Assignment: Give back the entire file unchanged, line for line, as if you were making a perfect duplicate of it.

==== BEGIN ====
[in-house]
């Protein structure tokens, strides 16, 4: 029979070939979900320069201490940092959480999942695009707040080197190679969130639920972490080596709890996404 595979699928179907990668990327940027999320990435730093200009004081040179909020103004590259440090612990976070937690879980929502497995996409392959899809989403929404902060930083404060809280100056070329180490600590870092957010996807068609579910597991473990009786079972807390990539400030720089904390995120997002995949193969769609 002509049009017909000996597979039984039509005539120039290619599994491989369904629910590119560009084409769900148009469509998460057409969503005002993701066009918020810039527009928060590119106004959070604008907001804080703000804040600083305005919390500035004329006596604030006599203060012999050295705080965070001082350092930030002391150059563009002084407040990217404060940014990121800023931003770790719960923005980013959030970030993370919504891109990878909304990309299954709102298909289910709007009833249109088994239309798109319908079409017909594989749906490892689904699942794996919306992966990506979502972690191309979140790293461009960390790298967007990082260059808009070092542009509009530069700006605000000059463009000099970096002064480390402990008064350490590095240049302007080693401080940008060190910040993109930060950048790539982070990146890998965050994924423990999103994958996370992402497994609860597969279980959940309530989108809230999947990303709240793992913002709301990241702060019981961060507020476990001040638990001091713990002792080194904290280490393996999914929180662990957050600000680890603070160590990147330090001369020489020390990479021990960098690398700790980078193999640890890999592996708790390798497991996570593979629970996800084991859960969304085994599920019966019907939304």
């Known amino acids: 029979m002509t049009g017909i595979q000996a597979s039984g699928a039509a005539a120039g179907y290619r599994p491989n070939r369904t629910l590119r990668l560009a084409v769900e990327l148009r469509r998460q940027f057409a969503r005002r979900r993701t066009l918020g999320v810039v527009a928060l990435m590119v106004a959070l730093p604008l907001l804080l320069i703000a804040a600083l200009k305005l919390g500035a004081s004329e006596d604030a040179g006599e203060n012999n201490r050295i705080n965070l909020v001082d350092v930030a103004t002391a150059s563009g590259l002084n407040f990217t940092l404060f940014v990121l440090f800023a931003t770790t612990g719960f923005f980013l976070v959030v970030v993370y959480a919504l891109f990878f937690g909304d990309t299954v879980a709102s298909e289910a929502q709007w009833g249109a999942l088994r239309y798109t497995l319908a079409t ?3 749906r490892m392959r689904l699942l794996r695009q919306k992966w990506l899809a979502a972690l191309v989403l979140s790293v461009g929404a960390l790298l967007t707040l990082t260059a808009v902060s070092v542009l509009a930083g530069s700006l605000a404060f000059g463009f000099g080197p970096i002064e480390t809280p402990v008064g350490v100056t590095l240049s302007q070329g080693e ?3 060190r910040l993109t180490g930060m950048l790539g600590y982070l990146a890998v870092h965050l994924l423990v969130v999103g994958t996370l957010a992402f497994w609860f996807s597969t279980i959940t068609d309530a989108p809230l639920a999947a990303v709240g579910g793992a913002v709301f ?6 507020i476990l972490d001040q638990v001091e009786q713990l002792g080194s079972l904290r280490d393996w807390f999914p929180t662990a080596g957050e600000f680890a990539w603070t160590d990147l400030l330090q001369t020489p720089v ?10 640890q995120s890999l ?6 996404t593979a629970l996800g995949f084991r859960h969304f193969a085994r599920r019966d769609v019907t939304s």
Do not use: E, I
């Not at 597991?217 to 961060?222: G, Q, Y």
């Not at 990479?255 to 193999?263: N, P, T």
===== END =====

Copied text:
[in-house]
């Protein structure tokens, strides 16, 4: 029979070939979900320069201490940092959480999942695009707040080197190679969130639920972490080596709890996404 595979699928179907990668990327940027999320990435730093200009004081040179909020103004590259440090612990976070937690879980929502497995996409392959899809989403929404902060930083404060809280100056070329180490600590870092957010996807068609579910597991473990009786079972807390990539400030720089904390995120997002995949193969769609 002509049009017909000996597979039984039509005539120039290619599994491989369904629910590119560009084409769900148009469509998460057409969503005002993701066009918020810039527009928060590119106004959070604008907001804080703000804040600083305005919390500035004329006596604030006599203060012999050295705080965070001082350092930030002391150059563009002084407040990217404060940014990121800023931003770790719960923005980013959030970030993370919504891109990878909304990309299954709102298909289910709007009833249109088994239309798109319908079409017909594989749906490892689904699942794996919306992966990506979502972690191309979140790293461009960390790298967007990082260059808009070092542009509009530069700006605000000059463009000099970096002064480390402990008064350490590095240049302007080693401080940008060190910040993109930060950048790539982070990146890998965050994924423990999103994958996370992402497994609860597969279980959940309530989108809230999947990303709240793992913002709301990241702060019981961060507020476990001040638990001091713990002792080194904290280490393996999914929180662990957050600000680890603070160590990147330090001369020489020390990479021990960098690398700790980078193999640890890999592996708790390798497991996570593979629970996800084991859960969304085994599920019966019907939304």
């Known amino acids: 029979m002509t049009g017909i595979q000996a597979s039984g699928a039509a005539a120039g179907y290619r599994p491989n070939r369904t629910l590119r990668l560009a084409v769900e990327l148009r469509r998460q940027f057409a969503r005002r979900r993701t066009l918020g999320v810039v527009a928060l990435m590119v106004a959070l730093p604008l907001l804080l320069i703000a804040a600083l200009k305005l919390g500035a004081s004329e006596d604030a040179g006599e203060n012999n201490r050295i705080n965070l909020v001082d350092v930030a103004t002391a150059s563009g590259l002084n407040f990217t940092l404060f940014v990121l440090f800023a931003t770790t612990g719960f923005f980013l976070v959030v970030v993370y959480a919504l891109f990878f937690g909304d990309t299954v879980a709102s298909e289910a929502q709007w009833g249109a999942l088994r239309y798109t497995l319908a079409t ?3 749906r490892m392959r689904l699942l794996r695009q919306k992966w990506l899809a979502a972690l191309v989403l979140s790293v461009g929404a960390l790298l967007t707040l990082t260059a808009v902060s070092v542009l509009a930083g530069s700006l605000a404060f000059g463009f000099g080197p970096i002064e480390t809280p402990v008064g350490v100056t590095l240049s302007q070329g080693e ?3 060190r910040l993109t180490g930060m950048l790539g600590y982070l990146a890998v870092h965050l994924l423990v969130v999103g994958t996370l957010a992402f497994w609860f996807s597969t279980i959940t068609d309530a989108p809230l639920a999947a990303v709240g579910g793992a913002v709301f ?6 507020i476990l972490d001040q638990v001091e009786q713990l002792g080194s079972l904290r280490d393996w807390f999914p929180t662990a080596g957050e600000f680890a990539w603070t160590d990147l400030l330090q001369t020489p720089v ?10 640890q995120s890999l ?6 996404t593979a629970l996800g995949f084991r859960h969304f193969a085994r599920r019966d769609v019907t939304s």
Do not use: E, I
């Not at 597991?217 to 961060?222: G, Q, Y």
């Not at 990479?255 to 193999?263: N, P, T």